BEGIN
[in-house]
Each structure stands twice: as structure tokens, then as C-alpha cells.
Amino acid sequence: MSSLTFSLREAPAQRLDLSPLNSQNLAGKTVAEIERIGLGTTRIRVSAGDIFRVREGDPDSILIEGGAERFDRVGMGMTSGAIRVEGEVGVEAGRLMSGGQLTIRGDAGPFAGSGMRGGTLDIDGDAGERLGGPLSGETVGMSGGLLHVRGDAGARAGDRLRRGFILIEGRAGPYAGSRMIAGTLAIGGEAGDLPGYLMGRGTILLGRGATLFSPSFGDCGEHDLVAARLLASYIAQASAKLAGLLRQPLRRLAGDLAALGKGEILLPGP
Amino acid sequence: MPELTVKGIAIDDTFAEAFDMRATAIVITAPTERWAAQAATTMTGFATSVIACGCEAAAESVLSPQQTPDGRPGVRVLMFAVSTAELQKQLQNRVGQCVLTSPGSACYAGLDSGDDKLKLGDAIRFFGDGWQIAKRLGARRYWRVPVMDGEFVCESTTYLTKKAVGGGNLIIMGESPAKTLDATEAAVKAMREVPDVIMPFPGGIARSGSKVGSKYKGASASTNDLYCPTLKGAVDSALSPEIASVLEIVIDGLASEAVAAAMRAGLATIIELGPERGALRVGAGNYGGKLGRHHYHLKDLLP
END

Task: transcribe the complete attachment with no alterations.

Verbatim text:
[in-house]
Each structure stands twice: as structure tokens, then as C-alpha cells.
Amino acid sequence: MSSLTFSLREAPAQRLDLSPLNSQNLAGKTVAEIERIGLGTTRIRVSAGDIFRVREGDPDSILIEGGAERFDRVGMGMTSGAIRVEGEVGVEAGRLMSGGQLTIRGDAGPFAGSGMRGGTLDIDGDAGERLGGPLSGETVGMSGGLLHVRGDAGARAGDRLRRGFILIEGRAGPYAGSRMIAGTLAIGGEAGDLPGYLMGRGTILLGRGATLFSPSFGDCGEHDLVAARLLASYIAQASAKLAGLLRQPLRRLAGDLAALGKGEILLPGP
Amino acid sequence: MPELTVKGIAIDDTFAEAFDMRATAIVITAPTERWAAQAATTMTGFATSVIACGCEAAAESVLSPQQTPDGRPGVRVLMFAVSTAELQKQLQNRVGQCVLTSPGSACYAGLDSGDDKLKLGDAIRFFGDGWQIAKRLGARRYWRVPVMDGEFVCESTTYLTKKAVGGGNLIIMGESPAKTLDATEAAVKAMREVPDVIMPFPGGIARSGSKVGSKYKGASASTNDLYCPTLKGAVDSALSPEIASVLEIVIDGLASEAVAAAMRAGLATIIELGPERGALRVGAGNYGGKLGRHHYHLKDLLP